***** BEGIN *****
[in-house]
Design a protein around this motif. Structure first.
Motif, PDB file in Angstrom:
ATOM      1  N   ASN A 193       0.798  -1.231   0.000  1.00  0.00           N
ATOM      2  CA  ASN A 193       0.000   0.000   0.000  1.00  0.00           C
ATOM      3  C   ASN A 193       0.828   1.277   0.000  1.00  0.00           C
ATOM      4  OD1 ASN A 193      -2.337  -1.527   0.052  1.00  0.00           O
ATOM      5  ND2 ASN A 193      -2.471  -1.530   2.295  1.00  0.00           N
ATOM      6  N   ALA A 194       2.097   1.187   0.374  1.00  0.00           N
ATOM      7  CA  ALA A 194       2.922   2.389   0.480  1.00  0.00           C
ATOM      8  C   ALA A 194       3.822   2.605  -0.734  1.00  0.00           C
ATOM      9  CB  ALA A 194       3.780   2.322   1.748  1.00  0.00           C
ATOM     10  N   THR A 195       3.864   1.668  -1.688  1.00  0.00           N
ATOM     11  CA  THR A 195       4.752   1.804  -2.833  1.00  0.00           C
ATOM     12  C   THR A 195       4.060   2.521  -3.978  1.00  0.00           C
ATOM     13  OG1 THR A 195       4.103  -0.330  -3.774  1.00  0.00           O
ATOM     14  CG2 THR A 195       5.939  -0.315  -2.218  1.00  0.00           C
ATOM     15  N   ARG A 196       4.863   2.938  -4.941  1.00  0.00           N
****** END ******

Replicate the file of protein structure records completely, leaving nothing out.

[in-house]
Design a protein around this motif. Structure first.
Motif, PDB file in Angstrom:
ATOM      1  N   ASN A 193       0.798  -1.231   0.000  1.00  0.00           N
ATOM      2  CA  ASN A 193       0.000   0.000   0.000  1.00  0.00           C
ATOM      3  C   ASN A 193       0.828   1.277   0.000  1.00  0.00           C
ATOM      4  OD1 ASN A 193      -2.337  -1.527   0.052  1.00  0.00           O
ATOM      5  ND2 ASN A 193      -2.471  -1.530   2.295  1.00  0.00           N
ATOM      6  N   ALA A 194       2.097   1.187   0.374  1.00  0.00           N
ATOM      7  CA  ALA A 194       2.922   2.389   0.480  1.00  0.00           C
ATOM      8  C   ALA A 194       3.822   2.605  -0.734  1.00  0.00           C
ATOM      9  CB  ALA A 194       3.780   2.322   1.748  1.00  0.00           C
ATOM     10  N   THR A 195       3.864   1.668  -1.688  1.00  0.00           N
ATOM     11  CA  THR A 195       4.752   1.804  -2.833  1.00  0.00           C
ATOM     12  C   THR A 195       4.060   2.521  -3.978  1.00  0.00           C
ATOM     13  OG1 THR A 195       4.103  -0.330  -3.774  1.00  0.00           O
ATOM     14  CG2 THR A 195       5.939  -0.315  -2.218  1.00  0.00           C
ATOM     15  N   ARG A 196       4.863   2.938  -4.941  1.00  0.00           N